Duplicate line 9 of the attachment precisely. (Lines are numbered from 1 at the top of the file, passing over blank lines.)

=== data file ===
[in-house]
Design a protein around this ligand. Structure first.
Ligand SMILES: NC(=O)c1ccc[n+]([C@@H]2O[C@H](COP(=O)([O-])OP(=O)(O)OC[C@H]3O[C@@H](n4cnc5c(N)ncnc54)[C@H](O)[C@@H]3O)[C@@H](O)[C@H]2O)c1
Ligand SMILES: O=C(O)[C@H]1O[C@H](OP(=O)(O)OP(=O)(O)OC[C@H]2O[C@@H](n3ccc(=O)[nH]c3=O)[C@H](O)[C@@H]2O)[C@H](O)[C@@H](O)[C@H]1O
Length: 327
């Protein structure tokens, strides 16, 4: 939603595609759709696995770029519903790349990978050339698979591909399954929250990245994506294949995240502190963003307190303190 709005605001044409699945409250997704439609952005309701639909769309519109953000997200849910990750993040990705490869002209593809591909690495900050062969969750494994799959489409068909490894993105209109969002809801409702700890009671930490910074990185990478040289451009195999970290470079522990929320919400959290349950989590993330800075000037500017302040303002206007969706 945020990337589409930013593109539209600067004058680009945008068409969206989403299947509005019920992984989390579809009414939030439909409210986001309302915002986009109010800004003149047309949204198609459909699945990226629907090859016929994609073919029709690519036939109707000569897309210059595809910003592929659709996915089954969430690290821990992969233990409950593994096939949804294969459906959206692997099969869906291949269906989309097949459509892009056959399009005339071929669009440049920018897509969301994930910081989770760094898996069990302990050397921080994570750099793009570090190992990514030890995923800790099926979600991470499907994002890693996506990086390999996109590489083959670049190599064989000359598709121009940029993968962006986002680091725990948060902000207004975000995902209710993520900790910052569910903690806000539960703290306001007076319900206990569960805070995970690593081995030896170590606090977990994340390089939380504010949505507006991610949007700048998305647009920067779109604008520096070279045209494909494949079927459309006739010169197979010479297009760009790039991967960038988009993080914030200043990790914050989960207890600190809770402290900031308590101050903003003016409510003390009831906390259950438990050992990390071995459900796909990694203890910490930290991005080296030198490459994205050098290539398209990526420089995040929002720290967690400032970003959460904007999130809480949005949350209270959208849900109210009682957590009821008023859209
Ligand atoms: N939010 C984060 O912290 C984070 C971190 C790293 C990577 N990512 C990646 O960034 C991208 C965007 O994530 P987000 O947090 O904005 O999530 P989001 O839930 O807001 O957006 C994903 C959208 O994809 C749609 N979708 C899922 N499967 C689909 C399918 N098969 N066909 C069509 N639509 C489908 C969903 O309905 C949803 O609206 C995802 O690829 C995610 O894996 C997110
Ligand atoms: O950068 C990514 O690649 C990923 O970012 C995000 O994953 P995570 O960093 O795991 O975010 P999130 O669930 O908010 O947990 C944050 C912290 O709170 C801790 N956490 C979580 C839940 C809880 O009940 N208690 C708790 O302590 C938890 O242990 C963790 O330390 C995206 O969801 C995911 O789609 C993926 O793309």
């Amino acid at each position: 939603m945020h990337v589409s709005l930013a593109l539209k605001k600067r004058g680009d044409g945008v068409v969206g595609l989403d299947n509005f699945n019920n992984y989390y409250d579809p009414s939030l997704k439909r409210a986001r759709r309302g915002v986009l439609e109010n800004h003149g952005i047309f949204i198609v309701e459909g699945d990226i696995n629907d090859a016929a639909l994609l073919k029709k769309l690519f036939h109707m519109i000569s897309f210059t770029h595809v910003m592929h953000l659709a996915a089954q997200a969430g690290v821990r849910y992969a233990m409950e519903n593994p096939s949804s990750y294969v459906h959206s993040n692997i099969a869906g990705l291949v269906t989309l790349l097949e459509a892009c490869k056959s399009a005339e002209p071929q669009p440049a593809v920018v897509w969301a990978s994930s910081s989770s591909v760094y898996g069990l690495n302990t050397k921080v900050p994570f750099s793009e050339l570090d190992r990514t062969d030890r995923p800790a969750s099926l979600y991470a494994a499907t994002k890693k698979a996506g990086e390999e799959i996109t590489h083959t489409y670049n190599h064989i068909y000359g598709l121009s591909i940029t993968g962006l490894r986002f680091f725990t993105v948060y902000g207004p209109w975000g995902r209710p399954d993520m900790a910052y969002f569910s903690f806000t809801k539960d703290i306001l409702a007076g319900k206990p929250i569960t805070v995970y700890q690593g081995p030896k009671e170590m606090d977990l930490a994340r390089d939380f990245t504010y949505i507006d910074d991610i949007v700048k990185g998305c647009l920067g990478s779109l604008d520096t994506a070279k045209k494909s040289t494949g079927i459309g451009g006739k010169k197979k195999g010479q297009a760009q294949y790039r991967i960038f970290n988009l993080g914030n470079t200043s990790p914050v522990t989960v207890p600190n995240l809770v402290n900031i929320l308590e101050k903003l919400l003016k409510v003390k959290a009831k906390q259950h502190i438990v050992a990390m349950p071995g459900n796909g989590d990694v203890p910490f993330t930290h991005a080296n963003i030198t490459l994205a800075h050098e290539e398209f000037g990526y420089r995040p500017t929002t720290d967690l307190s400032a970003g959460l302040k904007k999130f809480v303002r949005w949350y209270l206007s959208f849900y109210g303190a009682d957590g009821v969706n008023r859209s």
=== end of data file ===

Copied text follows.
């Amino acid at each position: 939603m945020h990337v589409s709005l930013a593109l539209k605001k600067r004058g680009d044409g945008v068409v969206g595609l989403d299947n509005f699945n019920n992984y989390y409250d579809p009414s939030l997704k439909r409210a986001r759709r309302g915002v986009l439609e109010n800004h003149g952005i047309f949204i198609v309701e459909g699945d990226i696995n629907d090859a016929a639909l994609l073919k029709k769309l690519f036939h109707m519109i000569s897309f210059t770029h595809v910003m592929h953000l659709a996915a089954q997200a969430g690290v821990r849910y992969a233990m409950e519903n593994p096939s949804s990750y294969v459906h959206s993040n692997i099969a869906g990705l291949v269906t989309l790349l097949e459509a892009c490869k056959s399009a005339e002209p071929q669009p440049a593809v920018v897509w969301a990978s994930s910081s989770s591909v760094y898996g069990l690495n302990t050397k921080v900050p994570f750099s793009e050339l570090d190992r990514t062969d030890r995923p800790a969750s099926l979600y991470a494994a499907t994002k890693k698979a996506g990086e390999e799959i996109t590489h083959t489409y670049n190599h064989i068909y000359g598709l121009s591909i940029t993968g962006l490894r986002f680091f725990t993105v948060y902000g207004p209109w975000g995902r209710p399954d993520m900790a910052y969002f569910s903690f806000t809801k539960d703290i306001l409702a007076g319900k206990p929250i569960t805070v995970y700890q690593g081995p030896k009671e170590m606090d977990l930490a994340r390089d939380f990245t504010y949505i507006d910074d991610i949007v700048k990185g998305c647009l920067g990478s779109l604008d520096t994506a070279k045209k494909s040289t494949g079927i459309g451009g006739k010169k197979k195999g010479q297009a760009q294949y790039r991967i960038f970290n988009l993080g914030n470079t200043s990790p914050v522990t989960v207890p600190n995240l809770v402290n900031i929320l308590e101050k903003l919400l003016k409510v003390k959290a009831k906390q259950h502190i438990v050992a990390m349950p071995g459900n796909g989590d990694v203890p910490f993330t930290h991005a080296n963003i030198t490459l994205a800075h050098e290539e398209f000037g990526y420089r995040p500017t929002t720290d967690l307190s400032a970003g959460l302040k904007k999130f809480v303002r949005w949350y209270l206007s959208f849900y109210g303190a009682d957590g009821v969706n008023r859209s």